Macerate the strawberries: In a large bowl, combine the strawberries and rose water. Spoon 3 tablespoons of the warm rhubarb poaching liquid into the bowl with the strawberries, toss gently, and set aside while the rhubarb finishes cooling.

Whip the cream: In a stand mixer fitted with the whisk attachment, beat the heavy cream, starting on medium-low and increasing the speed gradually to high as the cream thickens, until you have soft peaks. (Alternatively, beat the heavy cream in a large bowl with a hand mixer.)

Assemble the Pavlovas: Arrange the meringues on individual plates and top them with the whipped cream and the strawberry mixture (plus juices), dividing evenly. Using a slotted spoon, top the Pavlovas with the poached rhubarb. Serve immediately.

DO AHEAD
The meringues, wrapped very well and stored at room temperature, will keep up to 2 days. The rhubarb, stored airtight in the poaching liquid in the refrigerator, will keep up to 4 days. Assemble the Pavlovas right before serving.

① Don’t attempt to make the meringue with a hand mixer. A hand mixer doesn’t have the power required to sufficiently beat a stable meringue, plus you need a free hand to steadily stream in the sugar.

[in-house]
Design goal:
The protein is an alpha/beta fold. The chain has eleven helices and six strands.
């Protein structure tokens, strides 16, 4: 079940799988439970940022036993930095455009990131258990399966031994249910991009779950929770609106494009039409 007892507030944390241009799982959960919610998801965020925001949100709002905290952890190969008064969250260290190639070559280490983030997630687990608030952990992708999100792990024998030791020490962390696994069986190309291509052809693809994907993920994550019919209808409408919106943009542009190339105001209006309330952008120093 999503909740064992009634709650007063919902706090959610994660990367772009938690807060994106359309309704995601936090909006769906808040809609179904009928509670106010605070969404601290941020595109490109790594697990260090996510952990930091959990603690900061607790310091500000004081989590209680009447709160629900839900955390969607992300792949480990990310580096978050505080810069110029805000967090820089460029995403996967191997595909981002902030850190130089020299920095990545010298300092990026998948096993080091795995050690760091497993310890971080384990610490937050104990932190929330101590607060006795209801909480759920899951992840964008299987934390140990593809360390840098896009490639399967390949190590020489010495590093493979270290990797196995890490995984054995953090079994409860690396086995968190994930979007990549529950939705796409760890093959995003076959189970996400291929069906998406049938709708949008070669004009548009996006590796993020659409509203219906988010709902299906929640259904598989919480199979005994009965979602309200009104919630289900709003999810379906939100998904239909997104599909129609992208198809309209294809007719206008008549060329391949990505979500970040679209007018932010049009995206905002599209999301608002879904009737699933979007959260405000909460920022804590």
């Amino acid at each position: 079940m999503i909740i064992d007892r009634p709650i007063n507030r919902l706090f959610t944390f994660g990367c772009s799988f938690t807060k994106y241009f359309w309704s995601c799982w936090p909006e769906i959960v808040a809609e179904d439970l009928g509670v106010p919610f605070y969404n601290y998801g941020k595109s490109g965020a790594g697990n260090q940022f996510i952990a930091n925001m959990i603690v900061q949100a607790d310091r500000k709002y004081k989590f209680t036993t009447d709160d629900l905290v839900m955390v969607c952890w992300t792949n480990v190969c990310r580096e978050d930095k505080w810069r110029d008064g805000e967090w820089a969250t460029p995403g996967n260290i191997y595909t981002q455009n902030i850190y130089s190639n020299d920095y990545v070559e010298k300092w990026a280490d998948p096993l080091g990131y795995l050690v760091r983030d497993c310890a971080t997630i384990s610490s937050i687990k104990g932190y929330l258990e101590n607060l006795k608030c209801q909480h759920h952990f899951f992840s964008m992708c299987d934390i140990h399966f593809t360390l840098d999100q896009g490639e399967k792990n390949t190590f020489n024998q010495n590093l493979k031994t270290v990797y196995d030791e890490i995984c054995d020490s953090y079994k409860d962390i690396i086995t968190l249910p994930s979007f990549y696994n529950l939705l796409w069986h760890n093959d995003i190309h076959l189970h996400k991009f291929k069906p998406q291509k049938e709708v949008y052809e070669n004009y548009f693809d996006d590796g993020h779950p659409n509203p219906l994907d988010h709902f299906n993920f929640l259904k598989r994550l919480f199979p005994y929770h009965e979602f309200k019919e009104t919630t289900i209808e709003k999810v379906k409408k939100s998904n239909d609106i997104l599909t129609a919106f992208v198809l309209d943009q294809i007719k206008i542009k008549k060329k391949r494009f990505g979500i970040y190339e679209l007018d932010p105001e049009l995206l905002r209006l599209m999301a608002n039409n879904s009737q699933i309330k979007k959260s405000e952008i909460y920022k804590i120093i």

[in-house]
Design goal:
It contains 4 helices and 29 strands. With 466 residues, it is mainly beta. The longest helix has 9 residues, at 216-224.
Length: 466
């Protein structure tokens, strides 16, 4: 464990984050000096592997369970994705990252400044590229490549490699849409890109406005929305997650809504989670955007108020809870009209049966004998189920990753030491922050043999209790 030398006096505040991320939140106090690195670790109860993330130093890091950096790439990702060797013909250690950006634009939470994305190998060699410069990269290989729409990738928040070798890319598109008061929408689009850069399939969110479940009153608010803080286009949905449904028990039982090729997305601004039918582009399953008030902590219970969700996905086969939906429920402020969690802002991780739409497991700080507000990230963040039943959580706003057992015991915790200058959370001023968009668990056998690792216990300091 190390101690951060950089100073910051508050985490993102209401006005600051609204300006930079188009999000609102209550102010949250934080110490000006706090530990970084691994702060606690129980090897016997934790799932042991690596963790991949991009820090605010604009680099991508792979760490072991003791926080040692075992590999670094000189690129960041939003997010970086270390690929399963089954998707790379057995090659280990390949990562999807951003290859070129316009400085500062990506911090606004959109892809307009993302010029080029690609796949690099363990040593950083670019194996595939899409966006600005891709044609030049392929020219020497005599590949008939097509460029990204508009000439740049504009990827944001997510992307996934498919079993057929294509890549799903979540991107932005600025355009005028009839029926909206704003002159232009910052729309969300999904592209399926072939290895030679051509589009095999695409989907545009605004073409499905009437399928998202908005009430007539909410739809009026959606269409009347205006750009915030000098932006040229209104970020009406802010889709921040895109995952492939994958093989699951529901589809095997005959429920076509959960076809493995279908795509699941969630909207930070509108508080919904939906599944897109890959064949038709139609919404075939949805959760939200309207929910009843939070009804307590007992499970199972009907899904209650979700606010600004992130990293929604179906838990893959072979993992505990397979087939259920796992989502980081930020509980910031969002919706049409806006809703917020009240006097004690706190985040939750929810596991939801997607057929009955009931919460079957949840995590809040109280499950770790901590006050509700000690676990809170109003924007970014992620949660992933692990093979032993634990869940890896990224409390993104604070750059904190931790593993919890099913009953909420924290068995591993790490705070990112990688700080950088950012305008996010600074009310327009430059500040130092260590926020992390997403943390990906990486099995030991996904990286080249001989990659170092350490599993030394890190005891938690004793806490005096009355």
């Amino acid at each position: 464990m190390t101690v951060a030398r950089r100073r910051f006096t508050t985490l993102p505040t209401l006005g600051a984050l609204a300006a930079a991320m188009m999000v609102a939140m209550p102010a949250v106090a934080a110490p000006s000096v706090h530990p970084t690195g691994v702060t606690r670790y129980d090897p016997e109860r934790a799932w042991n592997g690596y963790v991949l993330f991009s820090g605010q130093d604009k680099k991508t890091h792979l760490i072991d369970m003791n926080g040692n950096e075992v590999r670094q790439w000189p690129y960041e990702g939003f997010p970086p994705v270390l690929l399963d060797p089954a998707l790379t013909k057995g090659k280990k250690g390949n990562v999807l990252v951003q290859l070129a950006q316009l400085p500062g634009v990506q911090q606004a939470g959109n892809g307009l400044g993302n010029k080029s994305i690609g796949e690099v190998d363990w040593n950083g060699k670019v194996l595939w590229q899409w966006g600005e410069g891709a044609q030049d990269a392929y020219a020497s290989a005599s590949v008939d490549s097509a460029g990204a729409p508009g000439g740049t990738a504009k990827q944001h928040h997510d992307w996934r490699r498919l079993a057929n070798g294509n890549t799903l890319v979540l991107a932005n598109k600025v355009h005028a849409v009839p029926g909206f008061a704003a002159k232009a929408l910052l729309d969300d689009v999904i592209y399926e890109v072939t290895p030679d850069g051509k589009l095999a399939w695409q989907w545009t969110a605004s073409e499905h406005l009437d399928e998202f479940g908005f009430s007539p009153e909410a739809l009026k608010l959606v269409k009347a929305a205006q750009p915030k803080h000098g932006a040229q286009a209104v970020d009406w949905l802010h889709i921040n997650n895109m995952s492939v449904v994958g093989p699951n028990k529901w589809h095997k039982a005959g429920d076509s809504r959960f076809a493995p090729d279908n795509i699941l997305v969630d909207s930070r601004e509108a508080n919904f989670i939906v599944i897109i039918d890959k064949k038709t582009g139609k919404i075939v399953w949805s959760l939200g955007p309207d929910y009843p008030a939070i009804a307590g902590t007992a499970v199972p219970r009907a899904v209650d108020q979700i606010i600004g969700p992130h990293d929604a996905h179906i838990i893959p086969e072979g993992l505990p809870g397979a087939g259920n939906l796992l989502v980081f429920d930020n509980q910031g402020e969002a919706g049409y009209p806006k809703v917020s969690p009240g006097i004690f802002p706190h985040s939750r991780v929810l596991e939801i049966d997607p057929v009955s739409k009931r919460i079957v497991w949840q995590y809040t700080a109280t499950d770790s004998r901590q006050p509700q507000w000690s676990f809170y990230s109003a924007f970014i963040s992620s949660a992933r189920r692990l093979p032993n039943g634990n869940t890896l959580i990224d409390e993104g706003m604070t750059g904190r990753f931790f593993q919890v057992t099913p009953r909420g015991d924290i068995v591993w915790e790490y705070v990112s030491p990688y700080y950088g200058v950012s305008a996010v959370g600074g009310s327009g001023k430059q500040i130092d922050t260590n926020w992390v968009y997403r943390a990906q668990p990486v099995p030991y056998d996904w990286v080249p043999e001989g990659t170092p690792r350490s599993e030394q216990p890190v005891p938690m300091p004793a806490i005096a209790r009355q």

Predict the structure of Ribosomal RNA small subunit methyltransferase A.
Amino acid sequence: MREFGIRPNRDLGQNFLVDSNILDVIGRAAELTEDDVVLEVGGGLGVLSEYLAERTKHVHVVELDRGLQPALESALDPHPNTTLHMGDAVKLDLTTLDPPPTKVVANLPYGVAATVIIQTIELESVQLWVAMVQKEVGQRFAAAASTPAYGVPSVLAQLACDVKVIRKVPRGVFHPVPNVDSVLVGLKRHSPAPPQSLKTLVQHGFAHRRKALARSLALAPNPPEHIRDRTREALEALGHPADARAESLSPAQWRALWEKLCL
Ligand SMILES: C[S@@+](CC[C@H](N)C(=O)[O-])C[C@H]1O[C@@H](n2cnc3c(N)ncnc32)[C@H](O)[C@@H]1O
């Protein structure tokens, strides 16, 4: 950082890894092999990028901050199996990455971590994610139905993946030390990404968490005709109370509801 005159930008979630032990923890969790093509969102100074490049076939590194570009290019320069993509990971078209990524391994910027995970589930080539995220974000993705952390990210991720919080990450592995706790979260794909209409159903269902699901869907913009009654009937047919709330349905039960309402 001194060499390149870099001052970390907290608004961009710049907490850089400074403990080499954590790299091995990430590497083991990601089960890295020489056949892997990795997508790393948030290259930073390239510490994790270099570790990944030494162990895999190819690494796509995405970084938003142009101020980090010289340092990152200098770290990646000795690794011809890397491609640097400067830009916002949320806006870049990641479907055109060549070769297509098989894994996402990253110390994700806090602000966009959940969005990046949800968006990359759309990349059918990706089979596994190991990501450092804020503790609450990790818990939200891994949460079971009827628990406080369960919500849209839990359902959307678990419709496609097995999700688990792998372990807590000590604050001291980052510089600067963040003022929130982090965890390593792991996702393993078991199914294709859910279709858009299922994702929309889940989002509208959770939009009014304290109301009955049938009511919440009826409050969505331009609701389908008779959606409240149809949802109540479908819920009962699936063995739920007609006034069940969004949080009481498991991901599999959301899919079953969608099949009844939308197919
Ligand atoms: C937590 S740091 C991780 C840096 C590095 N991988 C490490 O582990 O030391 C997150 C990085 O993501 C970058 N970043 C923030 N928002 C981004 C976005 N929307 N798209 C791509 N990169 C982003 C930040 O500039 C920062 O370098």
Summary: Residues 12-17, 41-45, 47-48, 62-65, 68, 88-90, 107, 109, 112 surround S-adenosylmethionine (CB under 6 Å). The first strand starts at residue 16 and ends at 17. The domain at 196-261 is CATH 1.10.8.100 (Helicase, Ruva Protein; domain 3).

② Use plain store-bought meringue cookies as a shortcut. Break them into large pieces and layer with the cream and fruit mixtures in glasses for a spin on the classic British dessert Eton Mess.

③ You want to add the sugar very slowly to the egg whites so it dissolves completely. This produces a more stable and stiffer meringue that is resistant to weeping. (Weeping is when the meringue leaches out a clear, sticky syrup during baking, and is usually a result of undissolved sugar.)

④ You can make a single large-format Pavlova rather than individuals. Cover the better part of a parchment-lined rimmed baking sheet with the meringue, spreading it into a rough 13 x 9-inch rectangle and making several divots all across the surface so there are lots of peaks and valleys to hold the cream and fruit. Bake in the center of the oven for 2½ to 3 hours. Assemble on the baking sheet and cut into pieces to serve.

⑤ Wrap the meringues tightly in plastic if you’re making them ahead, especially if it’s humid. The sugar in the meringue will pull moisture from the air and cause them to soften, so creating an airtight and moisture-tight seal is key.

⑥ Don’t allow the poaching liquid to boil or you will risk overcooking the rhubarb and turning it to mush.

Add Comment

This site uses Akismet to reduce spam. Learn how your comment data is processed.